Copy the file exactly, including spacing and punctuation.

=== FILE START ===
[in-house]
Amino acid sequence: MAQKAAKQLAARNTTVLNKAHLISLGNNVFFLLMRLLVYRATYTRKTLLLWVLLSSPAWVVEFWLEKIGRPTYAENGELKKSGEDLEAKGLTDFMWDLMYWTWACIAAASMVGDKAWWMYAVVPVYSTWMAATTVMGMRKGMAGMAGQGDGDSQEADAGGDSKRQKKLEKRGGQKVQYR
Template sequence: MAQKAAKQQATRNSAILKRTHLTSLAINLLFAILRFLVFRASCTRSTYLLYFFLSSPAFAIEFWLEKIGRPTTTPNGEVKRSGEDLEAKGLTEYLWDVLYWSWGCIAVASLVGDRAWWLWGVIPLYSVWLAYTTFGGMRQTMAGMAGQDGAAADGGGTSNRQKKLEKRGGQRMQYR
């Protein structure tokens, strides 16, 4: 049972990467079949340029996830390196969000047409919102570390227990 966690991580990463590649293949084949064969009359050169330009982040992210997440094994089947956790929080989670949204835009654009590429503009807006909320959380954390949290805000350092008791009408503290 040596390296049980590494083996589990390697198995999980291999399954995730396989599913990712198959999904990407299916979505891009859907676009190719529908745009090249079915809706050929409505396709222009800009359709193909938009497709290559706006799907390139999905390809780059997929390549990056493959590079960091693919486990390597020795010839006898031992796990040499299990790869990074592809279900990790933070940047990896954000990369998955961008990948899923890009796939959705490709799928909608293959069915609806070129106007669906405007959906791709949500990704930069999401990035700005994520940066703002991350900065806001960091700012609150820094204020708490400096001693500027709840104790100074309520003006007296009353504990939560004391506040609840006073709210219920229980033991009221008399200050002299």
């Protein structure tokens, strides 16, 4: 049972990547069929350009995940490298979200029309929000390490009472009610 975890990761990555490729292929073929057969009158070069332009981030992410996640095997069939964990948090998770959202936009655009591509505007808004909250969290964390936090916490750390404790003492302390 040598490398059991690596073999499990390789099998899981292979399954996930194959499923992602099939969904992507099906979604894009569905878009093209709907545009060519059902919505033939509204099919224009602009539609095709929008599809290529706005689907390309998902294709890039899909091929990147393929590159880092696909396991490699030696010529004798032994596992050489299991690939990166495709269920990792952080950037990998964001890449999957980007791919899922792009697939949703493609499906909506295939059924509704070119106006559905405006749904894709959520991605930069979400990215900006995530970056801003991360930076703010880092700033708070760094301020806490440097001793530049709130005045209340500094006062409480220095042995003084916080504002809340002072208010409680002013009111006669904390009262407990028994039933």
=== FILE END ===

[in-house]
Amino acid sequence: MAQKAAKQLAARNTTVLNKAHLISLGNNVFFLLMRLLVYRATYTRKTLLLWVLLSSPAWVVEFWLEKIGRPTYAENGELKKSGEDLEAKGLTDFMWDLMYWTWACIAAASMVGDKAWWMYAVVPVYSTWMAATTVMGMRKGMAGMAGQGDGDSQEADAGGDSKRQKKLEKRGGQKVQYR
Template sequence: MAQKAAKQQATRNSAILKRTHLTSLAINLLFAILRFLVFRASCTRSTYLLYFFLSSPAFAIEFWLEKIGRPTTTPNGEVKRSGEDLEAKGLTEYLWDVLYWSWGCIAVASLVGDRAWWLWGVIPLYSVWLAYTTFGGMRQTMAGMAGQDGAAADGGGTSNRQKKLEKRGGQRMQYR
């Protein structure tokens, strides 16, 4: 049972990467079949340029996830390196969000047409919102570390227990 966690991580990463590649293949084949064969009359050169330009982040992210997440094994089947956790929080989670949204835009654009590429503009807006909320959380954390949290805000350092008791009408503290 040596390296049980590494083996589990390697198995999980291999399954995730396989599913990712198959999904990407299916979505891009859907676009190719529908745009090249079915809706050929409505396709222009800009359709193909938009497709290559706006799907390139999905390809780059997929390549990056493959590079960091693919486990390597020795010839006898031992796990040499299990790869990074592809279900990790933070940047990896954000990369998955961008990948899923890009796939959705490709799928909608293959069915609806070129106007669906405007959906791709949500990704930069999401990035700005994520940066703002991350900065806001960091700012609150820094204020708490400096001693500027709840104790100074309520003006007296009353504990939560004391506040609840006073709210219920229980033991009221008399200050002299």
């Protein structure tokens, strides 16, 4: 049972990547069929350009995940490298979200029309929000390490009472009610 975890990761990555490729292929073929057969009158070069332009981030992410996640095997069939964990948090998770959202936009655009591509505007808004909250969290964390936090916490750390404790003492302390 040598490398059991690596073999499990390789099998899981292979399954996930194959499923992602099939969904992507099906979604894009569905878009093209709907545009060519059902919505033939509204099919224009602009539609095709929008599809290529706005689907390309998902294709890039899909091929990147393929590159880092696909396991490699030696010529004798032994596992050489299991690939990166495709269920990792952080950037990998964001890449999957980007791919899922792009697939949703493609499906909506295939059924509704070119106006559905405006749904894709959520991605930069979400990215900006995530970056801003991360930076703010880092700033708070760094301020806490440097001793530049709130005045209340500094006062409480220095042995003084916080504002809340002072208010409680002013009111006669904390009262407990028994039933």